REGINA — The Senate amended Bill C-234 Dec. 5, leaving its future very much in doubt.
By a narrow 40-39 margin, senators voted in favour of Independent Senators Group Pierre Dalphond’s amendment to remove heating and cooling of barns from the bill that would have exempted propane and natural gas from carbon pricing.
An exemption for grain drying remained in the bill.
The chances that all parties would vote in favour of the amended bill when it returns to the House of Commons are slim. The private member’s bill had received widespread support when the Commons passed it earlier this year.
“We look to the Senate for sober second thought, but not to reject the will of the House of Commons,” said Kyle Larkin, executive director of the Grain Growers of Canada.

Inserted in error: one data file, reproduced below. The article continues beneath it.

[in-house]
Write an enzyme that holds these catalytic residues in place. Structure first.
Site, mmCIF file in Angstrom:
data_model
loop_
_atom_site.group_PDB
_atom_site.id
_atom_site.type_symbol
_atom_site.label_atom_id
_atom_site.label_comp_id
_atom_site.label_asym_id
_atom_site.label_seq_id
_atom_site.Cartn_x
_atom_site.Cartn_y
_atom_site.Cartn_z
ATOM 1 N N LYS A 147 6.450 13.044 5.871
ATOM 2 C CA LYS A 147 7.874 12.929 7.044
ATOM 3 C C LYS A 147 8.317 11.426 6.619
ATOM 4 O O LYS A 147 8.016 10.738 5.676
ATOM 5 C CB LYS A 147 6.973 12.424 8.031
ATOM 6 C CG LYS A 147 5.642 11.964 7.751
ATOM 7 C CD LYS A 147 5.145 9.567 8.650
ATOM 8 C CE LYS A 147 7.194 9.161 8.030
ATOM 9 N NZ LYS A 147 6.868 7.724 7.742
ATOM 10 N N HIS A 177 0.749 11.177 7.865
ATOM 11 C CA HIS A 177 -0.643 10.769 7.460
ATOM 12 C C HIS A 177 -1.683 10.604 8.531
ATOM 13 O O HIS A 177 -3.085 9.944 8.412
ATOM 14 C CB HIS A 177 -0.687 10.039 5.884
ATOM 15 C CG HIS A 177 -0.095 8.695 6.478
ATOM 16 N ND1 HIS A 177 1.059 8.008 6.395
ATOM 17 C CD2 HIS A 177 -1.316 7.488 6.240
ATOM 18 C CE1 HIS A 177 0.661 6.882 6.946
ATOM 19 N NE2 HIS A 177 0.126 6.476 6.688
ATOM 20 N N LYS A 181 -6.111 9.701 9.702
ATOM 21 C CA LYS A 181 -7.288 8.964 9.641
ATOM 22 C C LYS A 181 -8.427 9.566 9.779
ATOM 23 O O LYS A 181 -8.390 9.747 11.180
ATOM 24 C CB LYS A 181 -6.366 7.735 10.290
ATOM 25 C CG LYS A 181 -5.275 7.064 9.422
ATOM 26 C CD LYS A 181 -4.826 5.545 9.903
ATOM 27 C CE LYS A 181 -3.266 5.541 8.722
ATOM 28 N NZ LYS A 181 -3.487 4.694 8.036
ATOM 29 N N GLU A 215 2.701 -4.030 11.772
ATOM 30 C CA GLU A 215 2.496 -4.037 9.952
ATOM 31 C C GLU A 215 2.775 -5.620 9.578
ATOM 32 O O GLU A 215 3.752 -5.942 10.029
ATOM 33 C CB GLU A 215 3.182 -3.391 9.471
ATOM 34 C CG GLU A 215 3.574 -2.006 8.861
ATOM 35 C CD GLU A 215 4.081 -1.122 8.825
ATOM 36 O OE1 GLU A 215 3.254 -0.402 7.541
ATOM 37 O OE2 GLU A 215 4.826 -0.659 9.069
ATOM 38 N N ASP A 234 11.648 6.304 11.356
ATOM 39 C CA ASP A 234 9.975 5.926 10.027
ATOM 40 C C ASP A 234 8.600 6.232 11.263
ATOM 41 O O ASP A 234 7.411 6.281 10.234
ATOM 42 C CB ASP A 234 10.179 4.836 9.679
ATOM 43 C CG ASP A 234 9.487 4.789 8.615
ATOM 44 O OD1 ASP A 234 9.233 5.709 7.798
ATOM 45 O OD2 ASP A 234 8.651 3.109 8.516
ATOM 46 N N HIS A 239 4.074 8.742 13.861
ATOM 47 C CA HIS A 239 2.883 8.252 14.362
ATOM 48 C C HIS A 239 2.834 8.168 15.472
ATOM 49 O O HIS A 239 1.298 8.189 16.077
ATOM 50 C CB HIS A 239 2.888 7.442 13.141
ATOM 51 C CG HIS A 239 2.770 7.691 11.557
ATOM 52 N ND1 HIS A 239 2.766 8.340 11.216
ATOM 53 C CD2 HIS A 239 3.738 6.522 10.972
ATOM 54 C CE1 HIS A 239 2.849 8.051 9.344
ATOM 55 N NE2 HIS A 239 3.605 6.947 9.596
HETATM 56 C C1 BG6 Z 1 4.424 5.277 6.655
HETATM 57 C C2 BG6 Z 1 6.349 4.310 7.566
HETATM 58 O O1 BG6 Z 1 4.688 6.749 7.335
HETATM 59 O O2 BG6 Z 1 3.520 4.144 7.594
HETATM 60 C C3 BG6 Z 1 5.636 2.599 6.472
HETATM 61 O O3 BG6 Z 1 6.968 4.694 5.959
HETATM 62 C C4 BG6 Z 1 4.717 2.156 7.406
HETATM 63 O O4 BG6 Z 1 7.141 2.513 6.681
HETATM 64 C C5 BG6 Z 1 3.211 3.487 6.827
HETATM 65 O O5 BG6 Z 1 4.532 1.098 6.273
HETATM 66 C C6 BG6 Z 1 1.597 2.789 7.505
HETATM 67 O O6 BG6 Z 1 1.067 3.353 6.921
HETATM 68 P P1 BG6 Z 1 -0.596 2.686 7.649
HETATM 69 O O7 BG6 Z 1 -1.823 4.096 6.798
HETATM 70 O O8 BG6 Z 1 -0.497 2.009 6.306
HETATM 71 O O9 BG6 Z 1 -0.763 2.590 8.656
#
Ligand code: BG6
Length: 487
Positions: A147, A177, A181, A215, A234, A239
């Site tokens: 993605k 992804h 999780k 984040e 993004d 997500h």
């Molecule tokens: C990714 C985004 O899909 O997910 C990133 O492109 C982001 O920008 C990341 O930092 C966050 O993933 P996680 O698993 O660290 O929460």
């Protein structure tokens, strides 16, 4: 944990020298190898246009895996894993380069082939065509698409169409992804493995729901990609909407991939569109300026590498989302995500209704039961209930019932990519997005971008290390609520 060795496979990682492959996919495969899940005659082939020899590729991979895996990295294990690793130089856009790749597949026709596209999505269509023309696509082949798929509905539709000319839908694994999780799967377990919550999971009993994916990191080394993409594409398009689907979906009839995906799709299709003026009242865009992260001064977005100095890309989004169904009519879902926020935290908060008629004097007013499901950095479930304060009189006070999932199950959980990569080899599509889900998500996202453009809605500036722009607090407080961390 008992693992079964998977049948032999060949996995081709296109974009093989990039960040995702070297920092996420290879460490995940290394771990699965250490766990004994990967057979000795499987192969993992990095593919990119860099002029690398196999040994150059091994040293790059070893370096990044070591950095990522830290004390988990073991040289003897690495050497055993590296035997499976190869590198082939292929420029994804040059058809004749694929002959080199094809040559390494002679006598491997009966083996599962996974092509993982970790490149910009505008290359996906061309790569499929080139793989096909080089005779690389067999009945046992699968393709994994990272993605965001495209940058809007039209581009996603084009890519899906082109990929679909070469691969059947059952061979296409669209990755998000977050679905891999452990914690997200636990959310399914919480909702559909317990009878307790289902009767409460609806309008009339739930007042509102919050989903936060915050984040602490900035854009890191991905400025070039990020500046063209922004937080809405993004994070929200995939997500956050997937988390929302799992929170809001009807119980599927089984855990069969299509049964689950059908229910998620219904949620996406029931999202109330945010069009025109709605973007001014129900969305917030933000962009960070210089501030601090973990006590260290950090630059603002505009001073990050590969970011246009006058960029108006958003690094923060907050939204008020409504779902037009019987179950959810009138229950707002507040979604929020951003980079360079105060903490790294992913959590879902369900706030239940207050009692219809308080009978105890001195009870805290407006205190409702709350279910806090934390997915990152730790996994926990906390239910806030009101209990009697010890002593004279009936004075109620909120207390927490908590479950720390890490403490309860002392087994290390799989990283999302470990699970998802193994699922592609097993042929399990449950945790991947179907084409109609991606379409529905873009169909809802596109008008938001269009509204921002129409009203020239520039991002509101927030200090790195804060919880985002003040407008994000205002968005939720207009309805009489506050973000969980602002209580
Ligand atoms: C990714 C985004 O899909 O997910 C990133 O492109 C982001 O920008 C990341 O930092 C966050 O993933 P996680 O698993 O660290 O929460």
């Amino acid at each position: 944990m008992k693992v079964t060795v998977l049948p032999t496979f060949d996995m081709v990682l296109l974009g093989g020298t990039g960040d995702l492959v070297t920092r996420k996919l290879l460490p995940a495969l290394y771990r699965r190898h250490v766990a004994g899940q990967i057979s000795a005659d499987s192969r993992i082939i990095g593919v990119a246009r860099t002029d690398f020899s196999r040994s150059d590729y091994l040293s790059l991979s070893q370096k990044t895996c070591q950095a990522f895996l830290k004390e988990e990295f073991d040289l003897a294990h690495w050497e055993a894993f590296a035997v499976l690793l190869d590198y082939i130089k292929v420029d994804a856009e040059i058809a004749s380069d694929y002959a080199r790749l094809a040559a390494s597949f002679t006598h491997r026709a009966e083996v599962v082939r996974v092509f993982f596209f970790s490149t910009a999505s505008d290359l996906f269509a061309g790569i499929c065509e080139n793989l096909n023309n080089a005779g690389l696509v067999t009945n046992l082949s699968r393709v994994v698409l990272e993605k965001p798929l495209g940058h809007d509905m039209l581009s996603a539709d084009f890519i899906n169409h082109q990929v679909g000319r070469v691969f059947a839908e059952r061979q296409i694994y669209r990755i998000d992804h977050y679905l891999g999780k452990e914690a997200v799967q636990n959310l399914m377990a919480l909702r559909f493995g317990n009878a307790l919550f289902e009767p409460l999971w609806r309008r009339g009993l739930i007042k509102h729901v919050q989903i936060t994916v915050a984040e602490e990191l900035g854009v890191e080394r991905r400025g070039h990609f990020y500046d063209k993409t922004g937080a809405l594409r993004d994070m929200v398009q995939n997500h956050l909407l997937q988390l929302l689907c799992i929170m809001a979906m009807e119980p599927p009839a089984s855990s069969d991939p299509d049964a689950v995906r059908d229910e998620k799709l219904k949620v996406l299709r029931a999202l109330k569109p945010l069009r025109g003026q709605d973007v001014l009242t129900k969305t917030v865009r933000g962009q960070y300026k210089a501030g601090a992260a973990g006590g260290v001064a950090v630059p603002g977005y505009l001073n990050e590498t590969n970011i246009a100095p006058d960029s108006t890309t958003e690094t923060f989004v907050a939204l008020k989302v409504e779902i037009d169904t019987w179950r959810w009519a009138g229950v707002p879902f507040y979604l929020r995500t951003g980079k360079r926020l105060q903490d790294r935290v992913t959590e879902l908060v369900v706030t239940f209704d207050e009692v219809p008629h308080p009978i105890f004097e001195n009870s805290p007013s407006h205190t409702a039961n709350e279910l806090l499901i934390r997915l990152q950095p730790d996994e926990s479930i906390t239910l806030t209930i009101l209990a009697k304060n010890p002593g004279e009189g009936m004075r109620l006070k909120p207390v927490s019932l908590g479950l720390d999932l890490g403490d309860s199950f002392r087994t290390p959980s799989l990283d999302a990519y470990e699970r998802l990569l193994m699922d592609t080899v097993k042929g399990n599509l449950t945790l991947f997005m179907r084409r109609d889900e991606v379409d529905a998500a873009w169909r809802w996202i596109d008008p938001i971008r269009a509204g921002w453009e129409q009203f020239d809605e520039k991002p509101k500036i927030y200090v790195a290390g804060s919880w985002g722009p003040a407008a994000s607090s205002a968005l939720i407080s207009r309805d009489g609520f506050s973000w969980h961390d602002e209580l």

He said there are no viable alternatives for farmers to heat barns and greenhouses and C-234 would have allowed farmers to invest in working capital and take advantage of emerging technologies.
“The spirit of carbon pricing is to encourage behaviour change,” he said. “The amending of C-234 leaves farmers with this continued unjust taxation, impeding their ability to invest in technologies and practices that will help them meet our sustainability goals and global demand.”
The chair of the senate’s agriculture committee, Sen. Robert Black, was away at COP 28 during the vote. He said on social media that he was disappointed to see his colleagues pass an amendment that gutted the bill.
Keith Currie, the president of the Canadian Federation of Agriculture, said disappointed doesn’t accurately describe what Canadian farmers feel.
Sen. David Wells, who had sponsored the bill in the Senate, said C-234 will likely die through process in the Commons.
“It’s difficult to think that some in power would have our key food producers carry this tax burden,” he said on X, formerly known as Twitter. “Our job should be to make operations in the food industry less expensive, not more expensive. Food is not a luxury.”
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